The white working class, a potentially rich bloc of voters for Republicans or Democrats, hasn’t settled on Mitt Romney or President Barack Obama, a new study from the Public Religion Research Institute shows.
“These white working class voters are not particularly enamored of either candidate,” said Daniel Cox, PRRI’s research director. “In terms of their favorability, they’re both under 50 percent.” Forty-four percent look favorably upon Obama and 45 percent upon Romney.
Released seven weeks before the election, the August survey found Romney with a double-digit lead over Obama among the white working class, which preferred the GOP candidate 48 to 35 percent.
But Cox points out that the gap narrows to statistical insignificance among women voters in this group, and in the Midwest and West, home of several swing states. The upshot for Romney and Obama?
If they want to woo this group, which makes up 36 percent of the nation according to the study, the campaigns may want to consider other findings of the PRRI poll.
Many common perceptions of the white working class are wrong, according to the survey — such as the idea that they strongly identify with the Tea Party and tend to vote against their economic interests.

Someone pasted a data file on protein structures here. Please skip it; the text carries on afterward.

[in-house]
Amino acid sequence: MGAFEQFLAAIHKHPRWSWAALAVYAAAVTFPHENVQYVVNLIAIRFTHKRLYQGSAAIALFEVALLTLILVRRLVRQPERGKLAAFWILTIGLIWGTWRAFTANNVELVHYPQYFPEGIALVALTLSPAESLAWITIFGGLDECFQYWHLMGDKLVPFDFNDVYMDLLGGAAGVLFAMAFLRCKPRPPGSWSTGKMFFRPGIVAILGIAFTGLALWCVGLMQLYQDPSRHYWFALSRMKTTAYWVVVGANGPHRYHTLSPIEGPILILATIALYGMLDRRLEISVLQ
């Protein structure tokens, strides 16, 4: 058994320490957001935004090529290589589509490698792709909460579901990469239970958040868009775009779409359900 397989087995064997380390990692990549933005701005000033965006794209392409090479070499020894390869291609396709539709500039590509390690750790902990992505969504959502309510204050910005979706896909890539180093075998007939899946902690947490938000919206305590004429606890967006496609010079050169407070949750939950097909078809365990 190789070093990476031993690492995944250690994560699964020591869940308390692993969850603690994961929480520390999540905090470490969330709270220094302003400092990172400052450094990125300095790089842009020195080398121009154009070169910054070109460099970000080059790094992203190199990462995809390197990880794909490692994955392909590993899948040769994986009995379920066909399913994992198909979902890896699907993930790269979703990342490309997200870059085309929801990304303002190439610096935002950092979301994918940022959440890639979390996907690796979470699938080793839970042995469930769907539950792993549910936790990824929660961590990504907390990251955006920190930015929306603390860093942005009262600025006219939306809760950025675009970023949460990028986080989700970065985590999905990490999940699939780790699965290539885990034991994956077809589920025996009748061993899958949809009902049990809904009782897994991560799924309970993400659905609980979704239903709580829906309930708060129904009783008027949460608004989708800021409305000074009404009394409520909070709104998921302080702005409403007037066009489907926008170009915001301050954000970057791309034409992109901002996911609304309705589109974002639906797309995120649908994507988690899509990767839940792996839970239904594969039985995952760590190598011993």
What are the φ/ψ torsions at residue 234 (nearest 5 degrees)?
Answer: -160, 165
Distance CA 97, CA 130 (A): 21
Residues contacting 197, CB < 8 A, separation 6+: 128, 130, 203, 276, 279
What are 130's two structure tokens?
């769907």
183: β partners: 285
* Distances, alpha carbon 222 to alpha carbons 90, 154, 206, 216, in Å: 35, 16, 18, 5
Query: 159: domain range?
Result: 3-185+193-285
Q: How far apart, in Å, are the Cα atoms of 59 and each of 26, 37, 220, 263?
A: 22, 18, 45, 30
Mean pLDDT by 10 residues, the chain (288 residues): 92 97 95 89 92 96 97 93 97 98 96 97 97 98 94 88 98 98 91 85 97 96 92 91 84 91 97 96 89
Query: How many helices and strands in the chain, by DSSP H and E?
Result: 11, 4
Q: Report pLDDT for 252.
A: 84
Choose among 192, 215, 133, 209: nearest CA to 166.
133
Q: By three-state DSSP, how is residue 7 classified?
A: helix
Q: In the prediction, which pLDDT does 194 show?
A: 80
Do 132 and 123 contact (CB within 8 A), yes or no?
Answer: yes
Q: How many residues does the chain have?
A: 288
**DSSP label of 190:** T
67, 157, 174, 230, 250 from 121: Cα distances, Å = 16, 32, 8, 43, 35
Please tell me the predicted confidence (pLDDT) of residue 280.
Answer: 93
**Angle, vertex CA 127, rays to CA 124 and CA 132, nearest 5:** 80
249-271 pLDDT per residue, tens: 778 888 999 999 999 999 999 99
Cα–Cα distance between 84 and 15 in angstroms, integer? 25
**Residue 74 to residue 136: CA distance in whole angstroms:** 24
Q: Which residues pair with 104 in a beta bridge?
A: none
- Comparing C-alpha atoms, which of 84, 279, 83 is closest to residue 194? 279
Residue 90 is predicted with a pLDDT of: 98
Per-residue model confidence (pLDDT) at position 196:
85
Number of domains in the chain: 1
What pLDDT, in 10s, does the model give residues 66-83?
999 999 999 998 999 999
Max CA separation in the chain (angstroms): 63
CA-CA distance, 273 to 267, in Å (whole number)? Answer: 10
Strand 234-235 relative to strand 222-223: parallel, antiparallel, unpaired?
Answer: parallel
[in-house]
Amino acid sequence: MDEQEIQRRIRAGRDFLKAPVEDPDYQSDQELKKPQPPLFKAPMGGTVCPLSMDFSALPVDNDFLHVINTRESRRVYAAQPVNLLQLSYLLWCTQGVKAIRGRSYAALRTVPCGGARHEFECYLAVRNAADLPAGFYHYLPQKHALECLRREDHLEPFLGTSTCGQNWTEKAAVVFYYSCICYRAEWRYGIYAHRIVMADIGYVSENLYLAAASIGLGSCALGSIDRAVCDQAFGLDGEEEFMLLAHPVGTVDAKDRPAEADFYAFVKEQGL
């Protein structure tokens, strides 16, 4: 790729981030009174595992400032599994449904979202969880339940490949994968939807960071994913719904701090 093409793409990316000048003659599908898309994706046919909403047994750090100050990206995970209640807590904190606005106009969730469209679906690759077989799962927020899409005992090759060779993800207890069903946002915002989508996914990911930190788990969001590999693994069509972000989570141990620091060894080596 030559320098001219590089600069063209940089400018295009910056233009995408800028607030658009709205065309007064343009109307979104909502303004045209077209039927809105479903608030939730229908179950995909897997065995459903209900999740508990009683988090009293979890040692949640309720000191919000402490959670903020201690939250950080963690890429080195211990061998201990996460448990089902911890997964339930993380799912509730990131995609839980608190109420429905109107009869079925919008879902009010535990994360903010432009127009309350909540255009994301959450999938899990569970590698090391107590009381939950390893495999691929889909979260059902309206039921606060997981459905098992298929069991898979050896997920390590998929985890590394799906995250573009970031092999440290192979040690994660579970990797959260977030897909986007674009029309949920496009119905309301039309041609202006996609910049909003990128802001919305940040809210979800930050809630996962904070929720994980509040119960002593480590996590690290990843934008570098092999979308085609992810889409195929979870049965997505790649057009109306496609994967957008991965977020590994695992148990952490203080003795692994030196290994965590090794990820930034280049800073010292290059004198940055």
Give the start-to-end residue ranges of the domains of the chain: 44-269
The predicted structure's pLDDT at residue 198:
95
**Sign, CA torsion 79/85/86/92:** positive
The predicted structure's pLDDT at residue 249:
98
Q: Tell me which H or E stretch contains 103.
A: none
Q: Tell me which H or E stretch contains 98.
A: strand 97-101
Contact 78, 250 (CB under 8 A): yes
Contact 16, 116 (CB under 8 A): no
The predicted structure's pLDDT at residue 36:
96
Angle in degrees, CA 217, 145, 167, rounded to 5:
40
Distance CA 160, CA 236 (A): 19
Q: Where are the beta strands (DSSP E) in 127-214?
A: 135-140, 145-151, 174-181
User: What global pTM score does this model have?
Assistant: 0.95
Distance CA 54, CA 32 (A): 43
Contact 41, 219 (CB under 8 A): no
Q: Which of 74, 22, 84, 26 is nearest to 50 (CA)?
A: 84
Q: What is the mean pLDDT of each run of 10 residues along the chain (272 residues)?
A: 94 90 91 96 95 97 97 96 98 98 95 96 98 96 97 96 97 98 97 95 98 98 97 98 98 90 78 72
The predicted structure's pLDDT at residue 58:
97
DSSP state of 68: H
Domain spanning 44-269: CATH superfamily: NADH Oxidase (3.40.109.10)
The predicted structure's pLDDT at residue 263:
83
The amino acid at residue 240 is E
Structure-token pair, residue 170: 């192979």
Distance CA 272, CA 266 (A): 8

Regarding religion, while some previous studies and conservative commentators, including libertarian author Charles Murray, have concluded that these Americans are losing their faith, the PRRI survey says that 48 percent go to church at least once a month, compared to 50 percent of all Americans.
White working class Americans also say religion is important in their lives (60 percent) as much as Americans in general (59 percent).
And while some liberal-leaning commentators, such as writer David Love, have worried that the group has been conned into conscripting themselves into the culture wars, the PRRI survey shows that the white working class is divided on abortion and same-sex marriage, much like the rest of the country.
Half (50 percent) say abortion should be legal in all or most cases, the same percentage that opposes same-sex marriage.
The August survey was of 2,501 Americans, including 857 non-Hispanic white Americans without a four-year college degree, who hold nonsalaried jobs. It had a margin of error of plus or minus 3.7 percentage points for the findings on the white working class.
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